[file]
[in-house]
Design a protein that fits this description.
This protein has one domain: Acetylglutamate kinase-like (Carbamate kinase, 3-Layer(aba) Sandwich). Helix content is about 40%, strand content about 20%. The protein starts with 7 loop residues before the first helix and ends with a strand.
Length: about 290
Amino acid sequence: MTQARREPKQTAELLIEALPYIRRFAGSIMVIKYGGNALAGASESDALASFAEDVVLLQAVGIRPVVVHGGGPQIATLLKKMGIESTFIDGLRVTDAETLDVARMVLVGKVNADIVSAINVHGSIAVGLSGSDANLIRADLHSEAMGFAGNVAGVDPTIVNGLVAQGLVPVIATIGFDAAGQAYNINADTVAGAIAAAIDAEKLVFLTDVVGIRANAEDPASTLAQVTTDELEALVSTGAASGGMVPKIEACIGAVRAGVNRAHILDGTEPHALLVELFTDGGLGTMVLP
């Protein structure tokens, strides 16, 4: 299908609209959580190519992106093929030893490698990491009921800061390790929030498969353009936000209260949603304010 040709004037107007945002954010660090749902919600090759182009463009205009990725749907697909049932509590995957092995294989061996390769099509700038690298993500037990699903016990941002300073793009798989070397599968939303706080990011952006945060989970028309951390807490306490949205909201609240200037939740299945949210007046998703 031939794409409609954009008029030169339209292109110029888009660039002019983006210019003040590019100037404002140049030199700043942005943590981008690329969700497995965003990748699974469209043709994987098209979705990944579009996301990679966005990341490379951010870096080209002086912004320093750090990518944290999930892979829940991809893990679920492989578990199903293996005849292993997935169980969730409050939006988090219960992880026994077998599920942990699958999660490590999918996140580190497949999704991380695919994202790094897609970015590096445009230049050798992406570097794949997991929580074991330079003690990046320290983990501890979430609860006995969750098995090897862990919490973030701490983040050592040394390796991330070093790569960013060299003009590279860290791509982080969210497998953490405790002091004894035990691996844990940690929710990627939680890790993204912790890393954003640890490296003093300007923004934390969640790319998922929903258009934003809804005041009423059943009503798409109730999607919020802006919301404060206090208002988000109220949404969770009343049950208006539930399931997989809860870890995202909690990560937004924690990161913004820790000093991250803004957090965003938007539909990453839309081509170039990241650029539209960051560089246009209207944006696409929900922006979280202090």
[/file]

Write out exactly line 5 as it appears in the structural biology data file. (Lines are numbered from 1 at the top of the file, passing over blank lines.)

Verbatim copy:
Amino acid sequence: MTQARREPKQTAELLIEALPYIRRFAGSIMVIKYGGNALAGASESDALASFAEDVVLLQAVGIRPVVVHGGGPQIATLLKKMGIESTFIDGLRVTDAETLDVARMVLVGKVNADIVSAINVHGSIAVGLSGSDANLIRADLHSEAMGFAGNVAGVDPTIVNGLVAQGLVPVIATIGFDAAGQAYNINADTVAGAIAAAIDAEKLVFLTDVVGIRANAEDPASTLAQVTTDELEALVSTGAASGGMVPKIEACIGAVRAGVNRAHILDGTEPHALLVELFTDGGLGTMVLP